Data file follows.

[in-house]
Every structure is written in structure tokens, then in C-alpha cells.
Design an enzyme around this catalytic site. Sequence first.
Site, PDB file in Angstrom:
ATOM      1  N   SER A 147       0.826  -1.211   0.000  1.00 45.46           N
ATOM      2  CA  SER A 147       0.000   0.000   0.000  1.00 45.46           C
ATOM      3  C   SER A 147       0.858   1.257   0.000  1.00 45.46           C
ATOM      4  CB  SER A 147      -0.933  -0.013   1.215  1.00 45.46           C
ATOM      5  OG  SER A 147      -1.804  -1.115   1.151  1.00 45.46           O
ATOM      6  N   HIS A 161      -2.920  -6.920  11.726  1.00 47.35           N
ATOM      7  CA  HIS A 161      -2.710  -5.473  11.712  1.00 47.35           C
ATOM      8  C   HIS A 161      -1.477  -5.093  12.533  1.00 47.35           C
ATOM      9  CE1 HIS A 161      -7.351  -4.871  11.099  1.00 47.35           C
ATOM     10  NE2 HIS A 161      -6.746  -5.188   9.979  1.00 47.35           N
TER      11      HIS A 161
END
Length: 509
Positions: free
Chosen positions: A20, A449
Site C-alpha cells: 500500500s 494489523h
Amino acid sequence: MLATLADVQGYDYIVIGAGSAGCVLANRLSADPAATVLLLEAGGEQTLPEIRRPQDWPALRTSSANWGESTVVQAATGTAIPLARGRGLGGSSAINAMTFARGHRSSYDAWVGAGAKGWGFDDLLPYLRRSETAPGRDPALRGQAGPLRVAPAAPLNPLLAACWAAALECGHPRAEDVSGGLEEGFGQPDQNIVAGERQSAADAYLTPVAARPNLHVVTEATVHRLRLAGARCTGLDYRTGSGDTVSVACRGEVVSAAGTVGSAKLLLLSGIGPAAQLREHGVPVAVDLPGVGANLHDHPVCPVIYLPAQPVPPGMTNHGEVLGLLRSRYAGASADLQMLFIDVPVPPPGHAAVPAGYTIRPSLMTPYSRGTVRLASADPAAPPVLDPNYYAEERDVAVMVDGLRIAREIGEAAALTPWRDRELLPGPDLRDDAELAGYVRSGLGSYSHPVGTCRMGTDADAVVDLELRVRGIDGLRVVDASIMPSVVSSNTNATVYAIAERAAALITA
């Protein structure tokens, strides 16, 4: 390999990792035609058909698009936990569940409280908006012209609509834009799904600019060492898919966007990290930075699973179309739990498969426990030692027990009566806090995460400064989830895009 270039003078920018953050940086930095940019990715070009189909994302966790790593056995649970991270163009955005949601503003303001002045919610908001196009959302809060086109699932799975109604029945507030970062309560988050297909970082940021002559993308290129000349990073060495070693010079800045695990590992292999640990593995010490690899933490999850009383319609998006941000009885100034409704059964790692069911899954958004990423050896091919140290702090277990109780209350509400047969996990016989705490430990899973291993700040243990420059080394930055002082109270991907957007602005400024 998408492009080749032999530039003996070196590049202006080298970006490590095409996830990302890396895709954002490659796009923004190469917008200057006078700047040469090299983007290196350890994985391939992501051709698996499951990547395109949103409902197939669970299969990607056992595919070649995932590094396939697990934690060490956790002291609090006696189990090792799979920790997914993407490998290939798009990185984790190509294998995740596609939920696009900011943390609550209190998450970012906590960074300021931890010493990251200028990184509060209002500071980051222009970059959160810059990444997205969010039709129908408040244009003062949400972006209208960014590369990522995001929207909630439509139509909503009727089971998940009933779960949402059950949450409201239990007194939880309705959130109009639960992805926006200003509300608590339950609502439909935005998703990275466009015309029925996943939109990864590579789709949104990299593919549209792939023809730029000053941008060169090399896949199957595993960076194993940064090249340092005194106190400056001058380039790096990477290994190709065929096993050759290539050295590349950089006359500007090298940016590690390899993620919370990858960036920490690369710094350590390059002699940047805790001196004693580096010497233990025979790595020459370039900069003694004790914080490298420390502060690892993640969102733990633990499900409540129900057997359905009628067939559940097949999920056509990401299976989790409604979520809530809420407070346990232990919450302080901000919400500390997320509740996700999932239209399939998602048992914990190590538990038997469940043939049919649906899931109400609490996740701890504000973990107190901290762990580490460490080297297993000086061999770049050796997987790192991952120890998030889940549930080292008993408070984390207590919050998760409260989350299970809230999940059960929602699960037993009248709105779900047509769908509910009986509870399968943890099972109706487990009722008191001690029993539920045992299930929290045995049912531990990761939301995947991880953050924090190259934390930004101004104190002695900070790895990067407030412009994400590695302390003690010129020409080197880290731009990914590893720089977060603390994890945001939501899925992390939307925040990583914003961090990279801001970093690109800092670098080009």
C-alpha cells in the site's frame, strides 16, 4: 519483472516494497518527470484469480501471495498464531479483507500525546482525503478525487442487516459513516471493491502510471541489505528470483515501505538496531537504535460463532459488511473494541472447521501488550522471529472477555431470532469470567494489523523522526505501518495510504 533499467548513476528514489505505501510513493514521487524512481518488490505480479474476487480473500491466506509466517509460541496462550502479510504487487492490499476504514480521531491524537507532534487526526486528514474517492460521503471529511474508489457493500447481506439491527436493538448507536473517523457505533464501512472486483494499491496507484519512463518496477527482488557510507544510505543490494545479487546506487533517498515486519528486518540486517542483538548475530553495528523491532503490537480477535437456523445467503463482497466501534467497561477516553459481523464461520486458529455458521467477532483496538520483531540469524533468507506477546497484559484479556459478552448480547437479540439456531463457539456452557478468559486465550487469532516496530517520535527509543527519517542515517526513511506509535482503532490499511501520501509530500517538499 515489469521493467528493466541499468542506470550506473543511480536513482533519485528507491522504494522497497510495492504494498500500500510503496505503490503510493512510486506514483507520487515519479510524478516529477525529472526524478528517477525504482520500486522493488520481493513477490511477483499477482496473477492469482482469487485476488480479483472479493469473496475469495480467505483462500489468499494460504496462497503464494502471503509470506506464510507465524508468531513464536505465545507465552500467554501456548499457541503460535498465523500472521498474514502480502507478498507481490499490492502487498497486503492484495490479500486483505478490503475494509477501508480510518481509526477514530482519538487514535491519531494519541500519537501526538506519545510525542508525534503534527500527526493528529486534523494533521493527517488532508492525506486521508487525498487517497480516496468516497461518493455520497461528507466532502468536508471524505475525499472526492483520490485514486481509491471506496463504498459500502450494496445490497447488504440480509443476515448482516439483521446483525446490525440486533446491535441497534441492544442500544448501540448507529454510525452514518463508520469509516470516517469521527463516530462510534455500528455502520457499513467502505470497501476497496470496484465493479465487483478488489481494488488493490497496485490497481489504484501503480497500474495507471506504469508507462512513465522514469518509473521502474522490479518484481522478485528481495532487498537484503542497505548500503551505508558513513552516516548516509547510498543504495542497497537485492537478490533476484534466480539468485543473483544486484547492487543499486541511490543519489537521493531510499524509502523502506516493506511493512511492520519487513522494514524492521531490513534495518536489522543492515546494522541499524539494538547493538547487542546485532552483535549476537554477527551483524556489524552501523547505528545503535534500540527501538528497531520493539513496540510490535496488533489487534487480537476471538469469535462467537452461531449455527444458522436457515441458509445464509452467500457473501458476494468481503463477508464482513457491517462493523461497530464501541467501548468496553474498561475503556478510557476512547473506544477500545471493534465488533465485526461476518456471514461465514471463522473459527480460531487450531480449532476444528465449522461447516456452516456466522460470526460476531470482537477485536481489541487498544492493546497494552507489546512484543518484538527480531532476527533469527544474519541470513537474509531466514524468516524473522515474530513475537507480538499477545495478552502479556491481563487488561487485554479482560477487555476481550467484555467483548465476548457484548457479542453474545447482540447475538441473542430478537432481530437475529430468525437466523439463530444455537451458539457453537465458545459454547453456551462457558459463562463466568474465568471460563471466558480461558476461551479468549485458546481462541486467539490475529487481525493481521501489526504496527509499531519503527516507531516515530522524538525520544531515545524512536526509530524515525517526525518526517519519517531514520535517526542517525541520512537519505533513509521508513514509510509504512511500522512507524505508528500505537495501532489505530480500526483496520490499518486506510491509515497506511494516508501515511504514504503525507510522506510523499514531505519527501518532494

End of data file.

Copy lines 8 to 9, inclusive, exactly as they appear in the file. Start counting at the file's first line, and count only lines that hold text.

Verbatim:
ATOM      4  CB  SER A 147      -0.933  -0.013   1.215  1.00 45.46           C
ATOM      5  OG  SER A 147      -1.804  -1.115   1.151  1.00 45.46           O